USC will remove an art exhibit dedicated to the actor because of his racist comments
Actor John Wayne’s cowboy boots are walking right out of an art exhibit at the University of the Southern California.
USC’s School of the Cinematic Arts announced that it will remove an exhibit dedicated to the Academy Award winning actor because of racist comments he made about Blacks during a 1971 interview in Playboy. He won the Oscar for Best Actor in the 1970 movie “True Grit.”
Wayne made derogatory remarks about, Native Americans, gay characters and African Americans even though some Black women gushed over him to the point of embarrassment. He attended USC where he majored in prelaw.
“I believe in white supremacy until the Blacks are educated to a point of responsibility. I don’t believe giving authority and positions of leadership and judgment to irresponsible people,” said Wayne, who died June 11, 1979. He was 72.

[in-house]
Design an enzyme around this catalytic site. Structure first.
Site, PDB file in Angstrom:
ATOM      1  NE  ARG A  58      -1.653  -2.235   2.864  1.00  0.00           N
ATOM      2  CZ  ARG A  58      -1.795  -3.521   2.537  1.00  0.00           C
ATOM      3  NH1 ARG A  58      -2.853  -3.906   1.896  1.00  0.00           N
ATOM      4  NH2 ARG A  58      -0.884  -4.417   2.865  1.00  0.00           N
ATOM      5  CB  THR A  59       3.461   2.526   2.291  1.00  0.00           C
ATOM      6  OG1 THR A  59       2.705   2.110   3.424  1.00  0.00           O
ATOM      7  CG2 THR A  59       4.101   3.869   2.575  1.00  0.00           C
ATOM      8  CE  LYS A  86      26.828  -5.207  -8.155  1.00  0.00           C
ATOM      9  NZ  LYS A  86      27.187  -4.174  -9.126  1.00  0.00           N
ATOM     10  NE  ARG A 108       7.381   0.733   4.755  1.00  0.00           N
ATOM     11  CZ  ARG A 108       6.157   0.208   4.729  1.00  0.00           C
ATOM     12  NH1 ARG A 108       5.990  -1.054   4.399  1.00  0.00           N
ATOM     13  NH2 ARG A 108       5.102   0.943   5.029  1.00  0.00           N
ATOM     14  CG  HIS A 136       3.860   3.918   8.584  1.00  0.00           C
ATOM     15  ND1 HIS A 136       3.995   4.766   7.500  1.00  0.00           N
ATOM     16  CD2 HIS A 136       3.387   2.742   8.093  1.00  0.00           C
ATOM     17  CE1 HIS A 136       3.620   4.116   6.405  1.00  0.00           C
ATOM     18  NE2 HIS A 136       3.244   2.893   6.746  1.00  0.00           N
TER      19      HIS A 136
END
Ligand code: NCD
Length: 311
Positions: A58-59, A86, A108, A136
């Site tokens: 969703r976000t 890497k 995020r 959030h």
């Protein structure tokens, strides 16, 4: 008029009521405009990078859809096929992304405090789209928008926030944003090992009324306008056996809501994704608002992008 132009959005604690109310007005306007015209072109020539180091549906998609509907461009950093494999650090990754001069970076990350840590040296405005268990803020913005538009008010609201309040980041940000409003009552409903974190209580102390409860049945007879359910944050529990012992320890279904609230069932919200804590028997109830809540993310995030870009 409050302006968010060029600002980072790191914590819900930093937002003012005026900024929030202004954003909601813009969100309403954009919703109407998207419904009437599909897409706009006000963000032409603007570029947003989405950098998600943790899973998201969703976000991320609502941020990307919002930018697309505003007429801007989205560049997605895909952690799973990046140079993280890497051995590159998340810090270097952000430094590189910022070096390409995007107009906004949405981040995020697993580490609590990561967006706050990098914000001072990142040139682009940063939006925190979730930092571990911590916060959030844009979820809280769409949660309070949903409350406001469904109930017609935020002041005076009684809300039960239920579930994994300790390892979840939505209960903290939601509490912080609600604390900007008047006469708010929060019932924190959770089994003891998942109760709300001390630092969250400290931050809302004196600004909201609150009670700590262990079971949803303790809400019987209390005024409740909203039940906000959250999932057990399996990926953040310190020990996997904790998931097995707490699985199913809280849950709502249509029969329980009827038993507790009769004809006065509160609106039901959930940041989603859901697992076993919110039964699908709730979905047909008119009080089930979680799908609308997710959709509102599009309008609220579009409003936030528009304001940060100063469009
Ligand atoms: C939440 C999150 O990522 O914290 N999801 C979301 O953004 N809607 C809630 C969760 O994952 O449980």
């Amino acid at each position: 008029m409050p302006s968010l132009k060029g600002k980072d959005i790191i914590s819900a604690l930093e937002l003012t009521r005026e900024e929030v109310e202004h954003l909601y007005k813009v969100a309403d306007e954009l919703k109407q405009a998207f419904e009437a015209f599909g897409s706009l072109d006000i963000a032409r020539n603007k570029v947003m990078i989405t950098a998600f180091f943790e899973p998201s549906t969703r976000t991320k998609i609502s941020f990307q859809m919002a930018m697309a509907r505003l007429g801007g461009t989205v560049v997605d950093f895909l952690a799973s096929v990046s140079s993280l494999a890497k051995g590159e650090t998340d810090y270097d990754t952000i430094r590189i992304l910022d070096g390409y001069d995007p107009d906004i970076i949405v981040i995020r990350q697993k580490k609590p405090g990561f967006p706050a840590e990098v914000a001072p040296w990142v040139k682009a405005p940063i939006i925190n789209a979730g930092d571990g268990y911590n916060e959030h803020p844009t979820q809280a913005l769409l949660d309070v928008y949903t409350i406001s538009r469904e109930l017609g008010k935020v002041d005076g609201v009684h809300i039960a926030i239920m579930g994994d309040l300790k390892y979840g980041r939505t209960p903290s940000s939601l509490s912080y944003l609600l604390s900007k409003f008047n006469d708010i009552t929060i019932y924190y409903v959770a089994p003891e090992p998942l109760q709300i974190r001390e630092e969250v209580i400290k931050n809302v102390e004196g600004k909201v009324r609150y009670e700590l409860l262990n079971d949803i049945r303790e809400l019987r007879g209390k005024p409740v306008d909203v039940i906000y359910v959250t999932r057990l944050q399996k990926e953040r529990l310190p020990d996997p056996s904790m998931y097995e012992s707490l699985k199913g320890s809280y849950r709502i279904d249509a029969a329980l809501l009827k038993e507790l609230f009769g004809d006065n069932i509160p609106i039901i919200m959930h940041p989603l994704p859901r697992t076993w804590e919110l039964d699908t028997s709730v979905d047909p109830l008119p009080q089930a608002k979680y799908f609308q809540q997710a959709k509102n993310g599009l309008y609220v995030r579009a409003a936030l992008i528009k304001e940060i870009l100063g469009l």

Wayne starred in “Stage Coach” (1939) and “The Man Who Shot Liberty Valance” (1962) and a number of war pictures although his service was confined to Hollywood’s sound stages. In all Wayne appeared in 142 movies and he is still considered the among the country’s 10 favorite actors.
Removing Wayne’s exhibit is the right thing to do, a USC official said.
“Conversations about systemic racism in our cultural institutions along with the recent global, civil uprising by the Black Lives Matter Movement require that we consider the role our School can play as a change maker in promoting antiracist cultural values and experiences,” Assistant Dean of Diversity and Inclusion Evan Hughes said recently. Hughes said the exhibit will be moved to the Cinematic Arts Library where it will be placed within the proper archival and research context concerning Wayne’s role in film history.
There also is a movement to rename John Wayne Airport in Orange County, California, in addition to removing his statue that stands at the airport’s entrance.